Levels of Love
Bible Reading: Acts 5:26-29
We must obey God rather than human authority. Acts 5:29
Bekka and her mom are Christians, but her dad isn’t. He’s addicted to alcohol—and that made the summer after Bekka’s sixth-grade year especially rough. As her dad saw several people at work lose their jobs, he panicked. Instead of working harder, he hid. When he drank too much in the evenings, he couldn’t wake up the next morning for work. And his boss started to call the house asking for him.
While Bekka’s mom was off at her own job, Bekka’s dad told her to answer the phone and tell his boss he was on his way to work—even if he was still sound asleep.
Bekka knew it wasn’t right to lie. She was smart enough to know it wasn’t a kid’s job to deal with a dad’s boss. So what was she supposed to do?
That situation makes us ask a big question: Are we supposed to obey authorities no matter what?
If Bekka refused to obey her dad, it might look like she was shattering the fifth commandment, the one that says “Honor your father and mother” (Exodus 20:12). She wasn’t.
We’re fortunate that we don’t often have to choose between obeying a human authority and obeying God. But sometimes that’s exactly the choice even Christian kids face—probably not with parents, but possibly with teachers, coaches, or even the government.
Bekka chose to be smart. She didn’t think that “honor your father and mother” wasn’t meant for her. She didn’t say, “Forget it! My dad wants me to be a liar. He’s a cheat. I don’t ever have to listen to him again. In fact, I’m not obeying my parents anymore!” Because of the bad spot her dad placed her in, she had to choose to disobey in this one instance. But she worked hard to obey her parents in every other way.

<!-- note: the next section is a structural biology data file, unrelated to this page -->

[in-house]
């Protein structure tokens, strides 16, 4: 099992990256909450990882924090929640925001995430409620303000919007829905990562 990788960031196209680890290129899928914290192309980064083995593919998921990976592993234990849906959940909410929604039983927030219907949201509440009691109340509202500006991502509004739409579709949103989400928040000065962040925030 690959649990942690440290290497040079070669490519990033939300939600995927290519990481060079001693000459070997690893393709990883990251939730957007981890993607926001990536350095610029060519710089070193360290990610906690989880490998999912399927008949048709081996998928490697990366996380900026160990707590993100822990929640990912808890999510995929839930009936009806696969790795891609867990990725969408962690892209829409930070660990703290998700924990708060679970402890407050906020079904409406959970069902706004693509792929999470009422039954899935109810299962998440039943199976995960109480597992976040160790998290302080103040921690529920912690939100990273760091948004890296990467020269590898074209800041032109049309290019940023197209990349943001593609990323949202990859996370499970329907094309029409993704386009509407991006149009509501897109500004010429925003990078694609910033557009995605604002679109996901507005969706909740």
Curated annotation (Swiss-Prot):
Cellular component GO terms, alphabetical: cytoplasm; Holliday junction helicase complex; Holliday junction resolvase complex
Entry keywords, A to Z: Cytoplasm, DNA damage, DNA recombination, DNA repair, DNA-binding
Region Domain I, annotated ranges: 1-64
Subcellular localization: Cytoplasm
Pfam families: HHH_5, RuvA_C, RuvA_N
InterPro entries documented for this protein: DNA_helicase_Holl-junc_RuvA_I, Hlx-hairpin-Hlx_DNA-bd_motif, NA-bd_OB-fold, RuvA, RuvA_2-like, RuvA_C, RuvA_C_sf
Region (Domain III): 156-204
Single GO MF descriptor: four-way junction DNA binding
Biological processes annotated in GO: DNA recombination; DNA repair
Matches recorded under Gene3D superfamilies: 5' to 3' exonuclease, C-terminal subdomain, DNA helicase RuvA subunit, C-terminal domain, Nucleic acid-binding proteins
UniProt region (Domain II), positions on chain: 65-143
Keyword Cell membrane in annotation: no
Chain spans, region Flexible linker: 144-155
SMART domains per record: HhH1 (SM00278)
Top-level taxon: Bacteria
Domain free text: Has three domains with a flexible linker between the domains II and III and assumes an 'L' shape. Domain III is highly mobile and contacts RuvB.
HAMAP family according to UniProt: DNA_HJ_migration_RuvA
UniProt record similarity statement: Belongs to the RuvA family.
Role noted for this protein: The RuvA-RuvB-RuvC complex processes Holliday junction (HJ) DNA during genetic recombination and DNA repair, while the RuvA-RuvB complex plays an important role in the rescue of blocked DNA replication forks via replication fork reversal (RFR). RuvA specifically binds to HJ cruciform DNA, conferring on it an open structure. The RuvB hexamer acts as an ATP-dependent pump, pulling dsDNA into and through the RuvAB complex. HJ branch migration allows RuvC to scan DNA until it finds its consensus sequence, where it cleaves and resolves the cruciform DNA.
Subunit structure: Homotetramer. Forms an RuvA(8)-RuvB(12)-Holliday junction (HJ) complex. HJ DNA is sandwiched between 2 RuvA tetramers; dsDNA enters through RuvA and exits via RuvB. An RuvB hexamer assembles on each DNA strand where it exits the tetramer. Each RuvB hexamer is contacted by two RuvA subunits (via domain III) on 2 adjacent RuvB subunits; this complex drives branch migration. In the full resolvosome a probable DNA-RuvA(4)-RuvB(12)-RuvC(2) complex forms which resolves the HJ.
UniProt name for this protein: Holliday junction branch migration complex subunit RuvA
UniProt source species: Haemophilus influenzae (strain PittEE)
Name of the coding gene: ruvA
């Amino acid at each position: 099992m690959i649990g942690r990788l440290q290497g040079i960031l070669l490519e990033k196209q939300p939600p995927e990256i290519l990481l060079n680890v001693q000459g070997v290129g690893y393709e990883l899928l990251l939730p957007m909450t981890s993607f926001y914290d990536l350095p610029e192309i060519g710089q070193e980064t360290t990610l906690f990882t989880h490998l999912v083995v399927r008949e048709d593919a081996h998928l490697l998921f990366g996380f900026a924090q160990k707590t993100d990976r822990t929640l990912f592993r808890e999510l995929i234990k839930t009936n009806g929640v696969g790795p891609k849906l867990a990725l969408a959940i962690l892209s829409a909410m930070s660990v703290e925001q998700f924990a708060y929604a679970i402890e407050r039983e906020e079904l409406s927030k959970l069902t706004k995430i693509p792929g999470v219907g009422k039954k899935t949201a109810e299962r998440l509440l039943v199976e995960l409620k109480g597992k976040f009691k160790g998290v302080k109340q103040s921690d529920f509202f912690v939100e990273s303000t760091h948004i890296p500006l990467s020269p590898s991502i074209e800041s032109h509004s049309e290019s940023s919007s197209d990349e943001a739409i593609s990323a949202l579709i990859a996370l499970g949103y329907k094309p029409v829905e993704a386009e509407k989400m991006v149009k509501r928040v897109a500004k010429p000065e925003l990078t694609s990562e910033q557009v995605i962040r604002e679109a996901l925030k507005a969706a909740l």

Love doesn’t mean you cave in to others’ sinful wishes. It isn’t going along with their ungodly plans. Love means you act for their best, and sometimes the biggest good you can do is to stand against their sin.
Your job as a Christian is to build a habit of respectfully obeying the authorities in your life. Yet you might face situations where your duty to obey human authorities clashes with your bigger duty to follow God—like the apostles who found they had to disobey Jewish authorities and declare, “We must obey God rather than human authority” (Acts 5:29). And be sure of this: Whenever you have to choose between love for God and love for people, love for God always wins!
TALK: How can you respond when someone you’re supposed to obey expects you to do something you shouldn’t?
PRAY: Lord, help us love the people in our life completely—and love you supremely.
ACT: How would you help a friend like Bekka who’s in a tough spot?